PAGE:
"Oh boy, I'm beginning to get slightly embarrassed by your generosity," Larroquette quipped from the stage. "I emphasize 'slightly.' If you really want to embarrass me, keep this up."
"L.A. Law," which won critical acclaim and strong ratings after its premiere last fall, had captured 20 Emmy nominations--the second-largest ever for a weekly series.
Besides being named best drama series of the season, it won for writing (Steven Bochco and Terry Louise Fisher), directing (Gregory Hoblit), art direction (Jeffrey L. Goldstein and Richard D. Kent) and guest performer (Alfre Woodard).
"We are all working on a show we are very proud of and this is our treat," Hoblit said.
Among the Emmys for "Promise," a movie about a man dealing with his brother's schizophrenia, was one for actor James Woods, who played the afflicted sibling.
Beats Out His Co-Star
He won out over his co-star, James Garner, as best actor in a drama special. But Garner also was one of the film's executive producers, and therefore got an Emmy--his first--when the program was named best special.
"Promise," presented on the "Hallmark Hall of Fame," also won awards for director Glenn Jordan, supporting actress Piper Laurie and writers Richard Friedenberg, Kenneth Blackwell and Tennyson Flowers.
"I can only hope that through the magic of television . . . (we have) opened the door a crack on that darkest of closets, schizophrenia," Friedenberg said in accepting his award.
The Emmy for best animated program went to "Cathy," a TV adaptation of the popular newspaper comic strip about a young single woman trying to cope with life's dilemmas. It aired on CBS.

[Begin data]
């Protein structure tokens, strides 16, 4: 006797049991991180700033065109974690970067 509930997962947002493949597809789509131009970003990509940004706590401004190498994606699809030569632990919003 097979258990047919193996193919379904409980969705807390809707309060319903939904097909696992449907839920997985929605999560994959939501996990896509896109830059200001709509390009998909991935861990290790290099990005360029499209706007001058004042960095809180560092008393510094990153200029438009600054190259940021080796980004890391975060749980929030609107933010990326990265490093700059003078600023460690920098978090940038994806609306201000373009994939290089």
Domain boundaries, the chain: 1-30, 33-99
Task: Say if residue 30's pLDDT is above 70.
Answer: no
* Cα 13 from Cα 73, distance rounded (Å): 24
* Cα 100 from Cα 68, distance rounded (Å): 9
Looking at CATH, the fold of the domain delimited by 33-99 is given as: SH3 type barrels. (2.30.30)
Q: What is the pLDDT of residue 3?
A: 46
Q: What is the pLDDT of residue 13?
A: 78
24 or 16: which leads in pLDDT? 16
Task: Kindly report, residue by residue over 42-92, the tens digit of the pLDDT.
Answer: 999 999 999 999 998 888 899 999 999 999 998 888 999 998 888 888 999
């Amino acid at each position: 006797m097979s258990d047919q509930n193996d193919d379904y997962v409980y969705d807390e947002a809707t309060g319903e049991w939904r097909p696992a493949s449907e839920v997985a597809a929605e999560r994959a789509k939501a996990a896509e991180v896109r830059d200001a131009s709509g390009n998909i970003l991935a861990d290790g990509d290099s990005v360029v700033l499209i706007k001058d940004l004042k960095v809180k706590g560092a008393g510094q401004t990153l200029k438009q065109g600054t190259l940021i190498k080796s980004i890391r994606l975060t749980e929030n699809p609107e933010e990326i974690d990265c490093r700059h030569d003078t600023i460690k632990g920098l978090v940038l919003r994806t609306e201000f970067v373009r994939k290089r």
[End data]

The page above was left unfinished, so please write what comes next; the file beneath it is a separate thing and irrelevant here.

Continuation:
Gena Rowlands was a first-time Emmy honoree, winning as best actress in a miniseries or special for the title role in "The Betty Ford Story," an ABC movie about the former First Lady's battle with drug and alcohol dependency.
Wins for Dramatic Work
Dabney Coleman, best known as a comic actor, captured the Emmy as best supporting actor in a miniseries or special for his dramatic work in an ABC movie, "Sworn to Silence."
Other acting awards went to John Hillerman of "Magnum, P.I." (CBS), Jackee (formerly Jackee Harry) of "227" (NBC), Robin Williams for a guest performance on "A Carol Burnett Special: Carol, Carl, Whoopi & Robin" (ABC) and John Cleese for a guest role on NBC's "Cheers."
The TV academy gave its prestigious Governors Award, honoring career contributions to the medium, to Grant Tinker, the former chairman of NBC who resigned last year to return to independent production.
During his tenure at NBC, Tinker led the network from third to first in the ratings.
Previously he had been president of MTM Enterprises, the production company that made such hit series as "The Mary Tyler Moore Show," "The Bob Newhart Show" and "Hill Street Blues."
The Emmy for best comedy writing went to Gary David Goldberg and Alan Uger for "Family Ties," while the comedy directing honor went to Terry Hughes of "The Golden Girls."
Other variety Emmys went to director Don Mischer for CBS's "The Kennedy Center Honors" and to NBC's "Late Night With David Letterman" for best writing.